Since Jeremy didn’t write about Williams, I’ll try to do him justice as an unbiased fan. He’s already got a better co-sign, with Sports Illustrated ranking him 65th on their top 100 list. Marvin Williams has become a great stretch 4, in Charlotte. He shot 40% on threes, 46% from the shorter corner three, and averaged a career high 8 rebounds per 36 minutes. The year before Williams shot 47% on corner threes. His highest mark besides the last two years in Charlotte is 40%, so he has certainly put in the work, and delivered. The Hornets have spent so many of their previous first round picks on big men, yet have found their sweet spot by signing a 9 year veteran wing to fill up the position. With Kemba Walker and Nic Batum leading the team, Williams isn’t asked to do too much on this team, something he was asked to do in Atlanta. Over half of his shot attempts are threes, and most of the other shots come from the defender closing out hard and Williams driving past for a layup or a midrange jumpshot, thus Williams isn’t doing anything revolutionary, but the way he has been doing it is extraordinary. Williams was 15th in the league in 3 point shooting %, and was one of only 3 PFs to finish in the top 20. He also had a better corner 3P% than Klay Thompson.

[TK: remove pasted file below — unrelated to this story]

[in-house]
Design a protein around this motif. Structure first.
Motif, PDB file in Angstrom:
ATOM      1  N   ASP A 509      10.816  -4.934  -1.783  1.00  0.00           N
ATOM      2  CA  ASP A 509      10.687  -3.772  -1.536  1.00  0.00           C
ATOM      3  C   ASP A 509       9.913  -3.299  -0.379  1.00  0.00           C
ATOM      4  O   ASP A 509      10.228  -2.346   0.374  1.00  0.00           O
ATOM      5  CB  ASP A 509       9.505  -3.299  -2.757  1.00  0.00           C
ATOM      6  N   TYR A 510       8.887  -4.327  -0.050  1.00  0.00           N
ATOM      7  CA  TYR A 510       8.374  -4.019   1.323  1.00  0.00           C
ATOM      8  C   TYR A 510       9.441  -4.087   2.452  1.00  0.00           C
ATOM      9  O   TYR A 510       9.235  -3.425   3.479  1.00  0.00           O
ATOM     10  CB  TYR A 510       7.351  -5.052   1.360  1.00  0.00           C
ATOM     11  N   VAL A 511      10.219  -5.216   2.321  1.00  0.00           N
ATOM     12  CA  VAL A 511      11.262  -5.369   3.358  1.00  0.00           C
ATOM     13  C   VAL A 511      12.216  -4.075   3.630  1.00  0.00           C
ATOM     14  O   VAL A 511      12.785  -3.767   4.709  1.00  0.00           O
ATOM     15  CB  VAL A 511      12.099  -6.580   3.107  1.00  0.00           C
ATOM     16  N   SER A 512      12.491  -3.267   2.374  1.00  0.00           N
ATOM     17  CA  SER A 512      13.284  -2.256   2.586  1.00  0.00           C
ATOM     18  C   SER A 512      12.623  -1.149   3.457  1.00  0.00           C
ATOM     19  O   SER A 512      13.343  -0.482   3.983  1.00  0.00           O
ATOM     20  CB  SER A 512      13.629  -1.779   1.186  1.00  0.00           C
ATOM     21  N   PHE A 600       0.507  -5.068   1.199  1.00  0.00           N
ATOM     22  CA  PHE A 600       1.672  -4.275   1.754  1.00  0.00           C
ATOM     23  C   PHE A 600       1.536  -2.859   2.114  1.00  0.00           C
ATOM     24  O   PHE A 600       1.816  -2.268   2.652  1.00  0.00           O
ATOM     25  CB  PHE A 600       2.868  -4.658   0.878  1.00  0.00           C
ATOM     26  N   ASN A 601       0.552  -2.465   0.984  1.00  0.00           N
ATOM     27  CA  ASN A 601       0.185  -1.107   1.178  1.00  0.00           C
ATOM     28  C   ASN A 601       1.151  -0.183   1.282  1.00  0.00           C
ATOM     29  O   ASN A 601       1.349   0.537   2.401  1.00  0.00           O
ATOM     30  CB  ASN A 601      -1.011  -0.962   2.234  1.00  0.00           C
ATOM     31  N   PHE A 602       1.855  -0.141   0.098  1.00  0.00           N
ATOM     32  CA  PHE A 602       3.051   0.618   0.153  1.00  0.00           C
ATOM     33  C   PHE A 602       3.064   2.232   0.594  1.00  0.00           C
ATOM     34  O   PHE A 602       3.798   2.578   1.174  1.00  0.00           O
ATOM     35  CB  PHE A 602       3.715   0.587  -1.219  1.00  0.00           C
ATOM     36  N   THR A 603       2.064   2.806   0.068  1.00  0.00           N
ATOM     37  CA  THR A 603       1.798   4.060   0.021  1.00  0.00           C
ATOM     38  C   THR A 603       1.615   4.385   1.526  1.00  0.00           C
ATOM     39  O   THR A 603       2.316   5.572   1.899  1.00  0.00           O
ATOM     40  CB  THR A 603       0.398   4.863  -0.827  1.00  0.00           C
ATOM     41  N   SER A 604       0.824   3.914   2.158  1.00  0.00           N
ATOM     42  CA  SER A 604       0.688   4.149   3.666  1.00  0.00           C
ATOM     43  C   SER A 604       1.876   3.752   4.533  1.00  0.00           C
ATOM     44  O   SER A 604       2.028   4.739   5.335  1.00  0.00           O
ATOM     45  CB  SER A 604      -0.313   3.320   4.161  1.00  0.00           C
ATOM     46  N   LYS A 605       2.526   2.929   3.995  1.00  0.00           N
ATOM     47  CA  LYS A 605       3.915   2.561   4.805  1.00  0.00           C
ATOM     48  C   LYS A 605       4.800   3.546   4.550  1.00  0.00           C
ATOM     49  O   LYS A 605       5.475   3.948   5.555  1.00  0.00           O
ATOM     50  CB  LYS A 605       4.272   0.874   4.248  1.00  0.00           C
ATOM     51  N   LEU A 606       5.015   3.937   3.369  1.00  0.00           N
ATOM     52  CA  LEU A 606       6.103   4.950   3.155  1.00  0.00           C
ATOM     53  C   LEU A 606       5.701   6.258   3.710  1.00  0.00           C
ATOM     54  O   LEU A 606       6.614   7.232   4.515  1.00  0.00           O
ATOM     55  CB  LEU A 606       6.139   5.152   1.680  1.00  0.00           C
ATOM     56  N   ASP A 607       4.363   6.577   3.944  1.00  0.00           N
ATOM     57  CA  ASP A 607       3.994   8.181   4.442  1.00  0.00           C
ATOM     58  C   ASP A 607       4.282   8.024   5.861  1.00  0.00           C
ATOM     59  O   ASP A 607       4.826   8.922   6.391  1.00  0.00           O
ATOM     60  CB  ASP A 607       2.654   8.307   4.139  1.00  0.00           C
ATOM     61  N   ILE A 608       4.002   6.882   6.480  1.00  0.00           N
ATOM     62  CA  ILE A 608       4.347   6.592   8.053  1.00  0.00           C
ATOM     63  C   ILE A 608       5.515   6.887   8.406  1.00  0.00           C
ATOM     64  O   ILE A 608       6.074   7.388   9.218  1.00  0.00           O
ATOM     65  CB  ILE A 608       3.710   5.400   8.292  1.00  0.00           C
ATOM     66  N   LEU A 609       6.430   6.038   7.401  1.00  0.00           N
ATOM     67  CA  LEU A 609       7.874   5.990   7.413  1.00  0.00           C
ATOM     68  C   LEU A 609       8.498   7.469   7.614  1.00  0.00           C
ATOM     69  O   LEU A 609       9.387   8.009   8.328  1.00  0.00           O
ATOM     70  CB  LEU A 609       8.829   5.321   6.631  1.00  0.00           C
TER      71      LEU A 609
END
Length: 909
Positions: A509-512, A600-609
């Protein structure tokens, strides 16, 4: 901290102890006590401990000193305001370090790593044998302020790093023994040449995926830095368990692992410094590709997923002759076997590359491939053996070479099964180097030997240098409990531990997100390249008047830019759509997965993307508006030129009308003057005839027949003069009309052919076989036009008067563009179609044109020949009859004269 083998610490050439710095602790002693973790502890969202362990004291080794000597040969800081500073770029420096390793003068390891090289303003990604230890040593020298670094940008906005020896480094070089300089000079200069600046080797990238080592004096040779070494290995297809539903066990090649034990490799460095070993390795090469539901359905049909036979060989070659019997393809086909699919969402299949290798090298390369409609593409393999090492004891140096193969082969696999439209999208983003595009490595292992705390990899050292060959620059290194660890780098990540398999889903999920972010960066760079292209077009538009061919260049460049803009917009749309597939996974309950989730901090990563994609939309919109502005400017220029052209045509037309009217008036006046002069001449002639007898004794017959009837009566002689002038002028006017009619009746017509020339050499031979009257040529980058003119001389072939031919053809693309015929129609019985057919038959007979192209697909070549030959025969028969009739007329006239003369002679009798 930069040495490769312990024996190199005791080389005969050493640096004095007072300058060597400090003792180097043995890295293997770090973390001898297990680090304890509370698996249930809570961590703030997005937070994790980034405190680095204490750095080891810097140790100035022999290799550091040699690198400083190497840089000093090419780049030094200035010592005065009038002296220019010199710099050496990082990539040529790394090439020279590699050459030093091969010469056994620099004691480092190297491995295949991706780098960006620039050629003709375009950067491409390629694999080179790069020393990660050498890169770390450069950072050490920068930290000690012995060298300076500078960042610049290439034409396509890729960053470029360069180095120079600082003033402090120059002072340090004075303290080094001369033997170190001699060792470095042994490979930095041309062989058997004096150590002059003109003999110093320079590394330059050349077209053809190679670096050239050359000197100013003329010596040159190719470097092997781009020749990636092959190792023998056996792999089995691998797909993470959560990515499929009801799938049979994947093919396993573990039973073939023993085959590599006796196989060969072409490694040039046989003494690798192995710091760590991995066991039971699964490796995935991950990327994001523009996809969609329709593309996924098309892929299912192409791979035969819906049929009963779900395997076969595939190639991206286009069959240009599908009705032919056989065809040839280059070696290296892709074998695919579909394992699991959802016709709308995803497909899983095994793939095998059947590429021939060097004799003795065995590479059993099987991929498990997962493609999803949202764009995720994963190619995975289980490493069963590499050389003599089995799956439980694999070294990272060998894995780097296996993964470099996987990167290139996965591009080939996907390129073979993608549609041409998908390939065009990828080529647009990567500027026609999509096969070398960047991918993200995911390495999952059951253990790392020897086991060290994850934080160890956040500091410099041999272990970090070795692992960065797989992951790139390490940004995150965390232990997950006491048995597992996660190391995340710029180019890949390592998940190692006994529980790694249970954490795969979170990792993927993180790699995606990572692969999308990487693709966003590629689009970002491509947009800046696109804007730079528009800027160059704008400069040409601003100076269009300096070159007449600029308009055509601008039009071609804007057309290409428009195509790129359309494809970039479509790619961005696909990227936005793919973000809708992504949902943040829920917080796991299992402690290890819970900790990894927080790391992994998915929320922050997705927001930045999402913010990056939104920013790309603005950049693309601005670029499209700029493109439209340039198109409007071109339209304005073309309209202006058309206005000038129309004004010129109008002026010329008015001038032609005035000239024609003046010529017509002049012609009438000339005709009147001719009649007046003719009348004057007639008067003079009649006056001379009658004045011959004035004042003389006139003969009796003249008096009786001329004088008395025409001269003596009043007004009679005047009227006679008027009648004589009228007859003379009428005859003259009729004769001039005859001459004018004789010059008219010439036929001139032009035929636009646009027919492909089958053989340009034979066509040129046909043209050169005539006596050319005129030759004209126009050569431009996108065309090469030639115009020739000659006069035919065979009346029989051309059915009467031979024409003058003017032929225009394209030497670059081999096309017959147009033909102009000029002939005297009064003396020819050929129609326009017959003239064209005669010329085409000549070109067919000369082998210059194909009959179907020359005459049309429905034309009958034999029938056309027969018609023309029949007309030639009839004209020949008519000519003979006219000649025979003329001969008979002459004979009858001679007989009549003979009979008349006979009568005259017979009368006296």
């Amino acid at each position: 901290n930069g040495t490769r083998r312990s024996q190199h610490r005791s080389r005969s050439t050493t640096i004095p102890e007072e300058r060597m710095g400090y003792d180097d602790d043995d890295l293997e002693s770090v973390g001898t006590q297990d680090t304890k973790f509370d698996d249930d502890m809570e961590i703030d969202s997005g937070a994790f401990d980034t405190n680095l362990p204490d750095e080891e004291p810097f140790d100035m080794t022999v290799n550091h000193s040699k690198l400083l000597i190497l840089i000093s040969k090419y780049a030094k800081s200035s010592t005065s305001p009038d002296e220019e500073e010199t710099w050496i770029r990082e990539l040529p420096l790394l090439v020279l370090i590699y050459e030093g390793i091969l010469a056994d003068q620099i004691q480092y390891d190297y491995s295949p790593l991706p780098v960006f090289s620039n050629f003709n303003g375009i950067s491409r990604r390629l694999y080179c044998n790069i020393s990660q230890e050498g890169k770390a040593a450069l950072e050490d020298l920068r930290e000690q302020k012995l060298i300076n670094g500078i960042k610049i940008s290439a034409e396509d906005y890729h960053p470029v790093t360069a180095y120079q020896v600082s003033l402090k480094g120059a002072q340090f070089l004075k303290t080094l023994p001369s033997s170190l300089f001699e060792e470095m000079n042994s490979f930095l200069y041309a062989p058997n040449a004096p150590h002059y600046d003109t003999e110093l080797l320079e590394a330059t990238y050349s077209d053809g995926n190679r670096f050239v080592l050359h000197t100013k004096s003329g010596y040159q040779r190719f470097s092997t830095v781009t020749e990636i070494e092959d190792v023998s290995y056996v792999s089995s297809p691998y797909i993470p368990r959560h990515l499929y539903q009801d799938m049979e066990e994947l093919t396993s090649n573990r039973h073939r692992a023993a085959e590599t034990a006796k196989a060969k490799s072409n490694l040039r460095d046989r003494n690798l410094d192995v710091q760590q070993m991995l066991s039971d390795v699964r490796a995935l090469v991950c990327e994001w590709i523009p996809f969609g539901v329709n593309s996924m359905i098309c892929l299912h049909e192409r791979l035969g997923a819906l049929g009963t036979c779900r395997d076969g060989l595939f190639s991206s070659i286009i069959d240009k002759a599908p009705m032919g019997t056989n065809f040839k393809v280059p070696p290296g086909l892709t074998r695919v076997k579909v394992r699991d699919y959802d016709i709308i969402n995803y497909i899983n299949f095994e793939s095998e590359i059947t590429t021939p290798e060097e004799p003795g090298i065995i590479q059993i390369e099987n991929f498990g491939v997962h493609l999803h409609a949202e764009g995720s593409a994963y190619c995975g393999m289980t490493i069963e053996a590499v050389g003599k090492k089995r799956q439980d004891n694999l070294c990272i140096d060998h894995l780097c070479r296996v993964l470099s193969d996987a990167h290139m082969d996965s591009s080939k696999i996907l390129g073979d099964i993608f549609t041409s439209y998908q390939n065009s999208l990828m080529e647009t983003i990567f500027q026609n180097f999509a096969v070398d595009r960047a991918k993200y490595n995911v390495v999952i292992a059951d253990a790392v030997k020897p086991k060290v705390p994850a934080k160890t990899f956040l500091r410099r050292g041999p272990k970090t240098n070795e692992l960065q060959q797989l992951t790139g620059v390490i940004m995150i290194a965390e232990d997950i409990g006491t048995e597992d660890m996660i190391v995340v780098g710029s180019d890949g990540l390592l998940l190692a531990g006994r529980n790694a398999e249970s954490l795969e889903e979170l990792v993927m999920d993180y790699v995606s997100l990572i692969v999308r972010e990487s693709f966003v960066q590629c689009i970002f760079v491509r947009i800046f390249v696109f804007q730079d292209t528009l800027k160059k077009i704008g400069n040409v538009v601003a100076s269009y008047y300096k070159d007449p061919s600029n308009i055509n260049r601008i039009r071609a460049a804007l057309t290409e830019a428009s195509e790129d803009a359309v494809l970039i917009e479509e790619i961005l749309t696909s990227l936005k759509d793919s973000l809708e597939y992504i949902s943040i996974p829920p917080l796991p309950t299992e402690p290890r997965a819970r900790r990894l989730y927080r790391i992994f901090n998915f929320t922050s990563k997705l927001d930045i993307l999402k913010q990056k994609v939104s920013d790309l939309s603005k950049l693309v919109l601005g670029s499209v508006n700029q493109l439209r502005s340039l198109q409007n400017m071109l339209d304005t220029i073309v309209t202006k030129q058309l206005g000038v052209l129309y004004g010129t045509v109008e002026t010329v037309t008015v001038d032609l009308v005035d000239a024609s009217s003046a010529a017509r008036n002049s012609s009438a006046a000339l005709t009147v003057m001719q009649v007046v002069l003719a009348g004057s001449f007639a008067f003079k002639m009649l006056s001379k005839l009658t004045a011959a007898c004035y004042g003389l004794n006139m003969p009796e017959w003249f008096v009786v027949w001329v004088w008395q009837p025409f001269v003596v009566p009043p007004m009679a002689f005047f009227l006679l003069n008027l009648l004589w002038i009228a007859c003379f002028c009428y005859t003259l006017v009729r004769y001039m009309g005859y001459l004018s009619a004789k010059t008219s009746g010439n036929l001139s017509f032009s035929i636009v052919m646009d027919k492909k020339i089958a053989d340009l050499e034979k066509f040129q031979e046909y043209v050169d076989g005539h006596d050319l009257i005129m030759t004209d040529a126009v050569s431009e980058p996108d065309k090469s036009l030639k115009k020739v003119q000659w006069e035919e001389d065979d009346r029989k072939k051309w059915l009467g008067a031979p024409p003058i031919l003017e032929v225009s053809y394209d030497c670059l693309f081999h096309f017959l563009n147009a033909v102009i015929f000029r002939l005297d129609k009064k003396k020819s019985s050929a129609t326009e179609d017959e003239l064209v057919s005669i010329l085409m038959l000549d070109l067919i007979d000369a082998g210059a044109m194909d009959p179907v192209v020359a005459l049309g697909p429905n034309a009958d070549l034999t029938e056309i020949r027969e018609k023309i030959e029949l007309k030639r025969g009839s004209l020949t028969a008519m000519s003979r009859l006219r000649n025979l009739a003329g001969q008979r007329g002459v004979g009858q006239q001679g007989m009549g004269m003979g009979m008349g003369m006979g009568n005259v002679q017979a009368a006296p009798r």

17. Thaddeus Young, Indiana Pacers
Thaddeus Young is the type of player General Managers around the league are looking for. He is an athletic player who plays hard every night. He is tough enough to defend bigger forward down low, and fast enough to switch off onto guards on pick and rolls. He does all of the little things that helps a team win but doesn’t show on a stat sheet like deflect passes, dive on loose balls, and contest any shot around him. Even being a utility like player Young still puts up good numbers are 151. PPG and 9 Rebs a game last season. I look forward to seeing his defensive versatility in Indiana, where he will be on a roster much more ready to compete in the playoffs than the nets were last season. Although ranked in the bottom half of Power Forwards at 17th, I don’t think there is any team in the NBA that wouldn’t find his talents worth this price of his contract. – Jeremy
18. Tobias Harris, Detroit Pistons